Does your FD-to-EF adapter have a glass element? If so, then yes, you can do it, but the results will be fairly poor, IMO. If your FD-to-EF adapter doesn't have a glass element, then your proposed combination will cause you to not be able to focus to infinity. This is because the flange focal distance of the FD mount is 42 mm is less than the flange ...


2

Aspect ratio doesn't really matter for this particular purpose, because the corners of whatever rectangle you choose need to be covered by the image circle — so, the diameter needs to at least meet the a corner-to-corner distance. If one were to crop a 36×24mm frame to 4:3, that'd be 32x24mm, and a smaller diagonal. But all of the real-world lenses are ...


2

Michael C gave you a really nice answer about the speed booster. But I wan to address the other question. Can anyone give any advice? Well, stop reading things about the "disadvantages" of a cropped sensor because they are bothering you for "some reason", but it does not look for any particular reason. Take your camera and shot. Enjoy taking photos, ...


2

It's not possible to use a focal reducer on a crop sensor camera with lenses whose flange focal distance is close to the native FFD of the camera because there is no space to put the focal reducer optics. In addition to reducing the size of the imaging circle, focal reducers also decrease the FFD. So even if you could fit the optics in somewhere, the lens ...


1

I own a Canon Rebel T7i ... Is it a good idea to purchase a speed booster ...? There is no focal reducer available for your camera. ... should I just purchase a 35mm prime at f/1.4? Not all 35/1.4 lenses are the same. What do you need it to do? If you were to switch to a crop-sensor mirrorless system, focal reducers could expand the usefulness of ...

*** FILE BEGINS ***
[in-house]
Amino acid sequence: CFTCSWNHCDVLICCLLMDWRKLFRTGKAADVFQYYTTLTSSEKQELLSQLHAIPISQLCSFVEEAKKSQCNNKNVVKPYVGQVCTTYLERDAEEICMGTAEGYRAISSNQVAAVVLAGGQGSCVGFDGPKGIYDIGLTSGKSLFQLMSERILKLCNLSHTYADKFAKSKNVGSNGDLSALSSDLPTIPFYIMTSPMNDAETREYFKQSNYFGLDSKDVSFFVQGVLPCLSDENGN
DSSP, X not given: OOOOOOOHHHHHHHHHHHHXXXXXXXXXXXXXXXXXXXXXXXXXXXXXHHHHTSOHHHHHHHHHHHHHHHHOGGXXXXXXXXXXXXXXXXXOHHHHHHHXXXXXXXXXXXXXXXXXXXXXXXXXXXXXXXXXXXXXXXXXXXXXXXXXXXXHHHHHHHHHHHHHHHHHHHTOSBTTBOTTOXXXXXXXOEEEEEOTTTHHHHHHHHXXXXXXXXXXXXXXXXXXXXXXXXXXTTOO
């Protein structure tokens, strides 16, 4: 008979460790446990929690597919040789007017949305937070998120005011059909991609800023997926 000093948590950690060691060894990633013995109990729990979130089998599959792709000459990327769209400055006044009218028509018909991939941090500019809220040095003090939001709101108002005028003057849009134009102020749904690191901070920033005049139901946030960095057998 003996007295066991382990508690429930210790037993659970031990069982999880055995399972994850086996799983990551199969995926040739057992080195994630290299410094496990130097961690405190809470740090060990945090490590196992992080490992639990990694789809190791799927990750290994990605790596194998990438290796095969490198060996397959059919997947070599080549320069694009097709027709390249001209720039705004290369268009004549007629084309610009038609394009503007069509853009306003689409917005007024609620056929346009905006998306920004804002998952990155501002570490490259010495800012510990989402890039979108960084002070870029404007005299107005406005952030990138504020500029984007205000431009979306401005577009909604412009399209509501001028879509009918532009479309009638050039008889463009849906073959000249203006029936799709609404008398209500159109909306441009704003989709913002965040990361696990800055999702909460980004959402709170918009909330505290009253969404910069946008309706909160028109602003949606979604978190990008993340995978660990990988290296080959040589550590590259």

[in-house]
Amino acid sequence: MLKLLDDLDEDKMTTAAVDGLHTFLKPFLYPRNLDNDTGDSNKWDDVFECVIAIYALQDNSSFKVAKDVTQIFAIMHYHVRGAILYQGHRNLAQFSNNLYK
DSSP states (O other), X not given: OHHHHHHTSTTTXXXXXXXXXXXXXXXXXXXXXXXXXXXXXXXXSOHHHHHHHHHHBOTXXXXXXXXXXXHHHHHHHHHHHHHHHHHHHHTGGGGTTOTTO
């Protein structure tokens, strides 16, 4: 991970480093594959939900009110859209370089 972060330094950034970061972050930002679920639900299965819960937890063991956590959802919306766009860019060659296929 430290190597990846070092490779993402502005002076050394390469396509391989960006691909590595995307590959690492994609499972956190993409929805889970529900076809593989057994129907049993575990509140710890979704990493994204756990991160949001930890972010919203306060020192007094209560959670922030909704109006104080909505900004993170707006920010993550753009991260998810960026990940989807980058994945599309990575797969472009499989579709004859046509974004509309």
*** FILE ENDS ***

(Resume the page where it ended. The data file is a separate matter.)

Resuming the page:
1

Crop factor --- The full frame 35mm film camera introduced in 1923 by Leitz Manufacturing and named Leica, became so popular that zillions of cameras using this format were marketed. The format dimensions or frame size measures 24mm height by 36mm long. The height to length ratio is 3:2, and this size enlargers exactly to film a 4x6 or 8x12 inch piece of ...


1

You probably can do it, but stacking adapters increases the possibility of manufacturing inaccuracy causing focus issues (either focusing past infinity, if the adapter combination's too thin, or not focusing to infinity if the combination's too thick. The main thing to keep in mind, however, is that you will lose all the electronic communication with a ...


1

There does not appear to be a focal reducer to adapt lenses to EF-S bodies. The problem is there is no room between the lens and body to put additional optics. As @inkista states, you are better off using a flash or purchasing a fast, inexpensive lens, such as a nifty fifty.


1

I'm curious if it's worth using a focal reducer on a Nikon AF 300mm f4 on my Sony a6000 is worth it, or is it better spent saving the money to get a FF body to "match" the lens? Why can't both be true? You linked to Roger Cicala's blog post about the Metabones at LensRentals.com – why not go ahead and rent one, and a FF body as well, to test them out? Then ...


1

My question here is, what is the conventional wisdom stated above Looking at the post you referenced, author Matt Grum describes the conventional wisdom: However, the statement "when you add elements to a lens, you make the image worse" is not true absolutely... He goes on to explain that it is indeed possible to add elements that improve lens performance....


1

From this PC Mag review, it looks like the center isn't too badly impacted, but the fall off near the edges of the image become pretty severe. I don't have any direct experience, but the general review seemed pretty positive even if there is some barrel distortion. It seems like unless you need the reduction in the crop factor, you are better off to just ...


1

Yes, there is. Metabones offers the SpeedBooster.